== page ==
What’s more motivating for you — learning how to fish or the fish itself? (Image Source: http://thelakemurraynews.net/wp-content/uploads/2014/04/Fishing.jpg)
I was talking to an intellectual yesterday about an idea of his. He’s an entrepreneur in the marketing realm, and wants to get a technology idea off the ground. He’s also an author and PhD with a wide breadth of exciting experiences; hence the “intellectual”.
So we were talking about his idea, and it’s in the realm of politics. I know diddly squat about politics. I’m sitting there and understanding what he’s proposing conceptually, and at the end, he asked me to get back to him if I’m interested in taking on the project in some capacity, but also, if I’m not passionate about it or the subject at all, then no worries.
That little bit made me think about if I need to know or “care” about politics, or if there was another drive that would motivate me to take this on. It made me think of what I’m passionate about, what challenges I find rewarding, and to some extent, what am I scared of – the domain of an idea or building the idea.
Throughout our talk, I was leaning on my experience building startups in thinking about the venture as it relates to marketing, user experience, and largely, the technical mechanics of it. It’s not technically difficult to be honest, but I don’t know politics necessarily. So all this time, the hamster in my head is running furiously thinking about the building aspect of the idea, not really politics. That’s what drives me.
I’ve long called myself an opportunist. I mentioned in prior posts like “The Next Act for an Entrepreneur With Breadth, Not Depth – Am I A Product Manager?” that I don’t necessarily have a specific domain expertise, but look at what I’ve done, and you won’t necessarily find much commonalities in domains. Instead, you’d find the BUILDING part of my ventures as the common thread. It’s the thrill of the strategy formation, hypothesis testing, implementation, learning, and then the recycle.
Thinking about this “domain” vs. “build” concept, I suppose I can relate “build” to the “work”, “implementation”, or “delivery” of other occupations or even in the corporate job world. Or better yet, “domain” would be the “what” question and “build” would be the “how” question. For me, it doesn’t so much matter about what an occupation or idea is in. Instead, I’m interested in the “how”. What scares me when I’m building iOS apps right now, for instance, is how to mechanize an idea. How do I use the iPhone’s GPS, if I’ve never used it before?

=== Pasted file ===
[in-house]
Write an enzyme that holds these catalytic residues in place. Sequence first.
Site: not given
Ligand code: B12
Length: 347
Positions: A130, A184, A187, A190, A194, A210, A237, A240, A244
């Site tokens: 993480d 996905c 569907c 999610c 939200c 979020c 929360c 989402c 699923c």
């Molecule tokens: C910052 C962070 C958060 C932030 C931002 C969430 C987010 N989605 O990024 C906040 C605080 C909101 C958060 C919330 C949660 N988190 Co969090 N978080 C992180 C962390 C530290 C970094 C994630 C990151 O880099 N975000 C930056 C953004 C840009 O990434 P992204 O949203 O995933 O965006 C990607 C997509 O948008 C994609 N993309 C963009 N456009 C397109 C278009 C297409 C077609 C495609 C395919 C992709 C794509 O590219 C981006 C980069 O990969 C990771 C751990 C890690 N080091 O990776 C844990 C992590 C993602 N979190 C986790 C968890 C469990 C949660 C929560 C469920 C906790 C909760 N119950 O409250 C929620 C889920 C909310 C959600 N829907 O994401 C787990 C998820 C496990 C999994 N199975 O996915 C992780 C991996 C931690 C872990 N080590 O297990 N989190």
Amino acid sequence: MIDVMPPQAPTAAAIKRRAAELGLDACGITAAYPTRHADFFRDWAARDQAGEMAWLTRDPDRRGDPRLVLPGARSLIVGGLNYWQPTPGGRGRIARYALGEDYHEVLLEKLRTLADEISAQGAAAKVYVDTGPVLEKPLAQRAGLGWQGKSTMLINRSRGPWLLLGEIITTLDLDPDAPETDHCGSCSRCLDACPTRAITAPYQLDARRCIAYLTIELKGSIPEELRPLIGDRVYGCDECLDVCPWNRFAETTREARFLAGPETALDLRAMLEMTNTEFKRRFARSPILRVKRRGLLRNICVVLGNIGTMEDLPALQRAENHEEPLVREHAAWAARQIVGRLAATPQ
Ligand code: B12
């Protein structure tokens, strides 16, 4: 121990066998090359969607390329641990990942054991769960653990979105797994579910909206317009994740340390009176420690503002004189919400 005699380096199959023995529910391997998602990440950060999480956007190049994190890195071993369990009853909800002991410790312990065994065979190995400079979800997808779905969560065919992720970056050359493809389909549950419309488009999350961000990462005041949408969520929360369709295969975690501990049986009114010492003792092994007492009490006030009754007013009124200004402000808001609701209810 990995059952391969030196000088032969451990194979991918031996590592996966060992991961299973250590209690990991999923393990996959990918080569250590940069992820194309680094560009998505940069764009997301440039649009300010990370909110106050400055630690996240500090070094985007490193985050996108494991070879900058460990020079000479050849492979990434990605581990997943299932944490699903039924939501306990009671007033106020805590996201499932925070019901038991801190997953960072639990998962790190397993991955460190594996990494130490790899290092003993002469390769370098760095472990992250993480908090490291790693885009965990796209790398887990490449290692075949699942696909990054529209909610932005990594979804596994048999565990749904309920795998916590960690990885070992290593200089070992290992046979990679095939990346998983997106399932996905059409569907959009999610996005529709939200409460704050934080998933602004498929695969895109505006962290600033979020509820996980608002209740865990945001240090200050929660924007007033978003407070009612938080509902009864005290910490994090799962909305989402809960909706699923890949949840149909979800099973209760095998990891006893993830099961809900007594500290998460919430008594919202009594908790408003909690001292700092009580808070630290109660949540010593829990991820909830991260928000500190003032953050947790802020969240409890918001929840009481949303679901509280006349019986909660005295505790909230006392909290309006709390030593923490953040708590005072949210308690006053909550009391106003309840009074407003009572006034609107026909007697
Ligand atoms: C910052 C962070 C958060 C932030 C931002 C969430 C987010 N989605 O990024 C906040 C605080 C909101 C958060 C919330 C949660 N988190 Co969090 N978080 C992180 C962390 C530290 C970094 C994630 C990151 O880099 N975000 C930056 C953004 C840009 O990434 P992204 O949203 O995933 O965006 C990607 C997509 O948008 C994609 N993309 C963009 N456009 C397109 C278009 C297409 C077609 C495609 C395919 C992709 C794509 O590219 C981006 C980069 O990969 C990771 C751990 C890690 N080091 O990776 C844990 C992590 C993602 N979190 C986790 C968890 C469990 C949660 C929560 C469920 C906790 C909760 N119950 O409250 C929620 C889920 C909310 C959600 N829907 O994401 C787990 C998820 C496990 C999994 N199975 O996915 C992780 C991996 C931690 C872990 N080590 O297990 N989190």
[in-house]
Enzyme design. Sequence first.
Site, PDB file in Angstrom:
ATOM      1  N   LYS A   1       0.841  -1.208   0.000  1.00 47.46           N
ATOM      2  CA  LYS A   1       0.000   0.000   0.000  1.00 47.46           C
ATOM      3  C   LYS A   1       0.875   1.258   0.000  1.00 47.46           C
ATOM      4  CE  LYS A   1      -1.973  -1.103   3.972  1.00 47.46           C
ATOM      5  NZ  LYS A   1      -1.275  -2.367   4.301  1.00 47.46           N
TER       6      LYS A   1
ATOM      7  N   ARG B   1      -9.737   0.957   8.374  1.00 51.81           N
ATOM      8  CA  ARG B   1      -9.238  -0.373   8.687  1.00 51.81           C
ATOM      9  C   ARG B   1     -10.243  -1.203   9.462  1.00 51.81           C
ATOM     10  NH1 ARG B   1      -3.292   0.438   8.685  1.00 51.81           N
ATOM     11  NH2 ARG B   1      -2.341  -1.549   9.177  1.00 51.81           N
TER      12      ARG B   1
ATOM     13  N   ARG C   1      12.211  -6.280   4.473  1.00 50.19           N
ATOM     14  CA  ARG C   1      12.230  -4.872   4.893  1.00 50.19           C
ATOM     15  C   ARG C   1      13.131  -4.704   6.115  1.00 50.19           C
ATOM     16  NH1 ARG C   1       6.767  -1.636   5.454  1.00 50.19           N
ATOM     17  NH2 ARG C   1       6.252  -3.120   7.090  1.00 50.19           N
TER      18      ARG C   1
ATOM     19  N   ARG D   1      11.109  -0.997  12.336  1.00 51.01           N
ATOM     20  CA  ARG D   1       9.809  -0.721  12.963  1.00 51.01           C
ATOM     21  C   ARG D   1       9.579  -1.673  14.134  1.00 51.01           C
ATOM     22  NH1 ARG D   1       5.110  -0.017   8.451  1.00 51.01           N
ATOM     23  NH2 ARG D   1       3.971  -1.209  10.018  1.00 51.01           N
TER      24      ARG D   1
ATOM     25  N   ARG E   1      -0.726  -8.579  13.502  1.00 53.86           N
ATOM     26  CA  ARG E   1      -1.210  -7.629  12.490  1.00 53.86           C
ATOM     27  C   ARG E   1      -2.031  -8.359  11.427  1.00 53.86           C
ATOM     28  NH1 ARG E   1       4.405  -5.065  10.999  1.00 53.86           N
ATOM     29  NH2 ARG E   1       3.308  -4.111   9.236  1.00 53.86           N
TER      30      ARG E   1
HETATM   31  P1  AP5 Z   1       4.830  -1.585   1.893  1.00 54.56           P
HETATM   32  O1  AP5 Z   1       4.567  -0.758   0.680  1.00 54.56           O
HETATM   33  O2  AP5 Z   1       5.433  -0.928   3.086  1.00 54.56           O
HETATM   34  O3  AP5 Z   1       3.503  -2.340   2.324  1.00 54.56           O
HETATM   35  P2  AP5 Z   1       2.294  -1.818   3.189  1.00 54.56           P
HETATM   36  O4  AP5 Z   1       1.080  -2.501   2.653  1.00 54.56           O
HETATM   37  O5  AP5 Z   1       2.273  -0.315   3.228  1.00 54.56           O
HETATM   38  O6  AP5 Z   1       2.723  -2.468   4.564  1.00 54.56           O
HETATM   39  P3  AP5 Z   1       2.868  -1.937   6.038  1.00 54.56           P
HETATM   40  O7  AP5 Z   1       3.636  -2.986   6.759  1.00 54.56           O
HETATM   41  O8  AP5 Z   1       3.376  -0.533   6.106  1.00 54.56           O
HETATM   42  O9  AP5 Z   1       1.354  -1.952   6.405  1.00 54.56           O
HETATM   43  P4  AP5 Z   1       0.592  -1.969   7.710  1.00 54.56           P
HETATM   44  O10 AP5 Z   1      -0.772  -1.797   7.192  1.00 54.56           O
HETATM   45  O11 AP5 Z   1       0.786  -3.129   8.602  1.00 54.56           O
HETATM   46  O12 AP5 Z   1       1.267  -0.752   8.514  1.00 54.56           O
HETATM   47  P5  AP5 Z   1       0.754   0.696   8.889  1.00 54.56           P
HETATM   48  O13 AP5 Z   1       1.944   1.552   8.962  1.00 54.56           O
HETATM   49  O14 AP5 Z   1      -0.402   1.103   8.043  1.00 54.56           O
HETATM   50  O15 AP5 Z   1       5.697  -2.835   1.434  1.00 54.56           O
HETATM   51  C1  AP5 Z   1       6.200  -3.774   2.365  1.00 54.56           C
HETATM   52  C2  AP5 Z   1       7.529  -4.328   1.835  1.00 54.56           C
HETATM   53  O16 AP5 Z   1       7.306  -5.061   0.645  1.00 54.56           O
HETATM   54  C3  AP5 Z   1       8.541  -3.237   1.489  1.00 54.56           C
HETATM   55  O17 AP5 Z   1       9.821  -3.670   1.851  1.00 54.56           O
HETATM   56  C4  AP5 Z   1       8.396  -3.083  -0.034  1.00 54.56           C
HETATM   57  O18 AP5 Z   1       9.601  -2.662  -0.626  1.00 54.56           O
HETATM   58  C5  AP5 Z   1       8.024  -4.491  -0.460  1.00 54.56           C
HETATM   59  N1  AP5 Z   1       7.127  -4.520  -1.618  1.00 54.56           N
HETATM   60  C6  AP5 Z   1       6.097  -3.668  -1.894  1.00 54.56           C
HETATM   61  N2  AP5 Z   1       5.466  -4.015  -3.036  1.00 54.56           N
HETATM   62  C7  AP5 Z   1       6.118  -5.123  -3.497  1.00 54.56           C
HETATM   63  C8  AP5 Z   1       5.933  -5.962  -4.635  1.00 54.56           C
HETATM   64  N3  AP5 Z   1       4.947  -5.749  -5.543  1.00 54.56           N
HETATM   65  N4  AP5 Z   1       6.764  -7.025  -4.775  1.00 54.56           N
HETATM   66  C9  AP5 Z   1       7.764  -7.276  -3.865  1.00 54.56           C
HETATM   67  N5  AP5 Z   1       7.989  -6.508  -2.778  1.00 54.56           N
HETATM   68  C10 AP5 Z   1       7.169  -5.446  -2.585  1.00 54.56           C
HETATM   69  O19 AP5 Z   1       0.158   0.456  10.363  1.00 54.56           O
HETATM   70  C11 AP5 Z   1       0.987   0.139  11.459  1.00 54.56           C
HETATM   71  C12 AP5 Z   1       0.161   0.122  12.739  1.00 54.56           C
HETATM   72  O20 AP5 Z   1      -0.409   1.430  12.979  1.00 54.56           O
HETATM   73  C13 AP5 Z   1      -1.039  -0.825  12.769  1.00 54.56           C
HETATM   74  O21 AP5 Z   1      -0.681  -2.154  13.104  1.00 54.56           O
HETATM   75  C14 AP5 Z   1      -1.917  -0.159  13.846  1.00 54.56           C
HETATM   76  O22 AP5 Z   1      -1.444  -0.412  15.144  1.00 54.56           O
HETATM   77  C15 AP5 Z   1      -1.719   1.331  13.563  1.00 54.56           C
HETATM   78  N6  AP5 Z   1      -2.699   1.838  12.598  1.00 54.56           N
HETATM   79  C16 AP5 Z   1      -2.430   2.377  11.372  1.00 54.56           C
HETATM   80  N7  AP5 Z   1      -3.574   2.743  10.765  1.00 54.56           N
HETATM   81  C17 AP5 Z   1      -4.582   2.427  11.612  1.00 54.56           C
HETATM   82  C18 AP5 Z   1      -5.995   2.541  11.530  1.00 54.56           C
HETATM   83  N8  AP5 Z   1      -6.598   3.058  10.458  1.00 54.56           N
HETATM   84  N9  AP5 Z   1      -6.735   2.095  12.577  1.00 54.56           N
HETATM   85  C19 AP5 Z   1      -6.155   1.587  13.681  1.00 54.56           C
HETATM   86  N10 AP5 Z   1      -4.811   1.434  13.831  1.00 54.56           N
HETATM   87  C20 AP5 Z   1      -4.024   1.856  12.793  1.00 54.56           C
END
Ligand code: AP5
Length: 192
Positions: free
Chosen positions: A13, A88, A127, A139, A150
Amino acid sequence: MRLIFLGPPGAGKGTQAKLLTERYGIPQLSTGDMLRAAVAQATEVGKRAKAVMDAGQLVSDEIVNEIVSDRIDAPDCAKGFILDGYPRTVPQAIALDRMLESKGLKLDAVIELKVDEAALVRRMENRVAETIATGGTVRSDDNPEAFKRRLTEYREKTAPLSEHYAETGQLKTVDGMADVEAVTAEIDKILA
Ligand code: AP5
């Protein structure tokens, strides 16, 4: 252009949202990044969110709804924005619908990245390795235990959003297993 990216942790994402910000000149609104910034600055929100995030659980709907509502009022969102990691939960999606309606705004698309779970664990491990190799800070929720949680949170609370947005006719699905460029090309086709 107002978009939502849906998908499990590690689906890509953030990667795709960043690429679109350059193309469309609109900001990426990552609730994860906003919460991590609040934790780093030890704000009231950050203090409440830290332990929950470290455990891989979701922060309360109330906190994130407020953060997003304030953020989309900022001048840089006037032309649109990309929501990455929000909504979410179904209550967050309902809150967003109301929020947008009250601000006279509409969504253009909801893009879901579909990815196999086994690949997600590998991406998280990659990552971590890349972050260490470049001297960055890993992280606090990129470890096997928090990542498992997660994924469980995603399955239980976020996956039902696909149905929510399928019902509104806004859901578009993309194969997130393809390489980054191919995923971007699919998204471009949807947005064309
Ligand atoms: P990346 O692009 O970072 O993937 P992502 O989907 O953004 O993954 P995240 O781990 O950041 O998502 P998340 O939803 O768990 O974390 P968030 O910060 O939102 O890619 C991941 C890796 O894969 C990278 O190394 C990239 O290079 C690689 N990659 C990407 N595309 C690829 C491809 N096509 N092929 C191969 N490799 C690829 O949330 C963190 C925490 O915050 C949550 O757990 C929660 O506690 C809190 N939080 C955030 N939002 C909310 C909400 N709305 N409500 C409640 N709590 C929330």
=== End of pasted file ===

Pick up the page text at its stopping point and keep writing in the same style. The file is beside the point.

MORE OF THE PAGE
Taking the old proverb, “give a man a fish and you feed him for a day; teach a man to fish and you feed him for a lifetime”. But perhaps the more relevant question is if the man even wants fish. What if he’s allergic?! So fishing, in this case, is the “HOW”. And the “fish” is actually the “WHAT”.

And of course, you have more questions that can and will motivate you as you choose a new job, a new venture, etc. including WHO, WHEN, WHERE, and my favorite… the WHY.
  • The Who question can address who you work with (want to work with your best friend?) or who you serve.
  • The When question can address if timing is right – if the market’s ready, if you’re ready, etc.
  • The WHERE question, similarly to WHEN, can address if the location’s right. 
  • The Why question is a tough one, and yet so easy… this can answer if you’re in sync with the purpose of a company. Is the company pursuing a mission you’re proud of and feel strongly about?

But with the Intellectual, the questions that raced into my mind that concerned me the most were that of the domain (the WHAT) and how mechanizing the idea would work (the HOW). At least with this opportunity, I wouldn’t be able to tell if BM would or would not be someone WHO I would want to work with. I will have to consider the WHEN question before I get back to him given my bandwidth now and in the foreseeable future. And as for the WHY, this opportunity would allow me to learn a lot from a brilliant, well-connected individual that would perhaps be a great stepping stone for something later I could be even more passionate about.
Of course, for me, I have to be wary of that the building process only lasts for so long before the product reaches maturity and stability. And thus, the challenge dissipates, but perhaps, the challenge actually transforms into another type of build… like building a company, or building new innovative ideas… but in a better case, the WHAT becomes just as appealing as the HOW.

What are your thoughts about what excites you about your job or a new opportunity – is it the domain or the build? How do you consider the other questions (who, when, why) as you evaluate options?
So last month’s installment of Finance of Startups, I covered “par value” after encountering the term in Etsy’s S-1. In it, recall that par value is the price at which a security is issued and redeemed at. Well, par value really leads into a much longer conversation around a particular security called Bonds.
In gist, Bonds are similar to loans or “IOUs” (read: debt) whereby you, as an investor, lends money to a company, government, other institution with the promise of paying you back with interest. So in this case, par value is the amount the bond is issued at, and multiplied against the number of bonds issued, equivalent to the money lent.
To understand bonds, we’ve got to explore a few concepts of bonds including:
  • Maturity date
  • Coupon rate
  • Premium vs. Discount

I’m happy for you, and Imma let you finish, but first… let’s recap par value

So “par value” actually arose from recently looking at Etsy’s Form S-1 as they’re seeking an IPO.
So I’m going to dive into par value, especially in relation to bonds. Yes, the S-1 is for stock issuance (equity financing), but to give you a better picture (and for myself), I’ll paint this in the light of bonds (debt financing). Then, I’ll circle back around to par value for stocks. Also, yes, I’m about to get a little technical!